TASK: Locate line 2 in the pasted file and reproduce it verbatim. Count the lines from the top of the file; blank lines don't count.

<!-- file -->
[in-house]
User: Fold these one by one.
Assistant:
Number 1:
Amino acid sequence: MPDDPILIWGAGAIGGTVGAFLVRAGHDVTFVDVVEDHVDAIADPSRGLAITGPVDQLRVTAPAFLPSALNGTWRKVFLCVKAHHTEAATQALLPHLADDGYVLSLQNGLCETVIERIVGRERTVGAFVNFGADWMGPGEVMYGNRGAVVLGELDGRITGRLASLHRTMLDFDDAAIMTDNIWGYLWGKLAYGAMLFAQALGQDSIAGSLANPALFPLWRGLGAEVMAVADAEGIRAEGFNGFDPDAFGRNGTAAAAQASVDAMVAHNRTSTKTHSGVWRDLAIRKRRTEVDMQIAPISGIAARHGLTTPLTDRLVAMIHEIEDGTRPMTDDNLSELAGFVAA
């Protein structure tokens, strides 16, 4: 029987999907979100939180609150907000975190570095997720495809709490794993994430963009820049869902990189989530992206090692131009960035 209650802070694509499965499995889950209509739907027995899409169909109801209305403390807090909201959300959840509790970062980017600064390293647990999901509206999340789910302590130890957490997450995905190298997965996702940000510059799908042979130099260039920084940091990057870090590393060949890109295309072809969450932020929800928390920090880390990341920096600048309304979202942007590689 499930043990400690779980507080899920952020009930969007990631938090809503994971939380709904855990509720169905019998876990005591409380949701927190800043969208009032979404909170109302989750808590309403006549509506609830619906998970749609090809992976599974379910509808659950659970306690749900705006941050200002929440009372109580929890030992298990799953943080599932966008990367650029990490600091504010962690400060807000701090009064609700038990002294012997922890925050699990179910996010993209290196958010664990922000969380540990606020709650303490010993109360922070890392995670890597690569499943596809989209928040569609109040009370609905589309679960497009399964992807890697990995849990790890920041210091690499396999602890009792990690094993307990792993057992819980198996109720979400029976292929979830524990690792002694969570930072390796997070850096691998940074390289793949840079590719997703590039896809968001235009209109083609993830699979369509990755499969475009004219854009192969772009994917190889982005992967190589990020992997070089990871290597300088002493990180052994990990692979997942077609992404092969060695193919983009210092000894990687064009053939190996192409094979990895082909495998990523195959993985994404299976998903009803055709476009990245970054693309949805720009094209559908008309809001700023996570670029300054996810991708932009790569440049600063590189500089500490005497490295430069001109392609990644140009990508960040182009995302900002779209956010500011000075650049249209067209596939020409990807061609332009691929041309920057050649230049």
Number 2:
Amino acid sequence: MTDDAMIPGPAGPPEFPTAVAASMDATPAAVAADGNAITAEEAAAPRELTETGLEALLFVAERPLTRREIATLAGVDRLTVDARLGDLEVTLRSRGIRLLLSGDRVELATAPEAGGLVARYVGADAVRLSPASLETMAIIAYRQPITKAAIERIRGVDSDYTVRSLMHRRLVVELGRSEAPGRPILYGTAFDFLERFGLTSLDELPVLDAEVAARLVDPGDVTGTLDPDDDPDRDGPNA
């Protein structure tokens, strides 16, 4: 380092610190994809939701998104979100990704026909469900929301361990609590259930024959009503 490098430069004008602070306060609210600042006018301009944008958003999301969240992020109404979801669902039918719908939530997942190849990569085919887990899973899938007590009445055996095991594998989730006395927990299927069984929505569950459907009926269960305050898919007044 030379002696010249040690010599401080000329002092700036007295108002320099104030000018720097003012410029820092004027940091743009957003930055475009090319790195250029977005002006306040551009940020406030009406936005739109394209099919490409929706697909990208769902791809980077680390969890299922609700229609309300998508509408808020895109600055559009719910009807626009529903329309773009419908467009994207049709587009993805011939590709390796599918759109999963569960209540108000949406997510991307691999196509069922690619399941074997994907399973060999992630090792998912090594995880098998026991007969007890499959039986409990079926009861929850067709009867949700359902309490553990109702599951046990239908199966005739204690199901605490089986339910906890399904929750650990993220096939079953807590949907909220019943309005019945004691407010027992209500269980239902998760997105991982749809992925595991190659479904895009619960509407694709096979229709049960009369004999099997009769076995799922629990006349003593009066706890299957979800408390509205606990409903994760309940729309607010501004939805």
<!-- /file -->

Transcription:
User: Fold these one by one.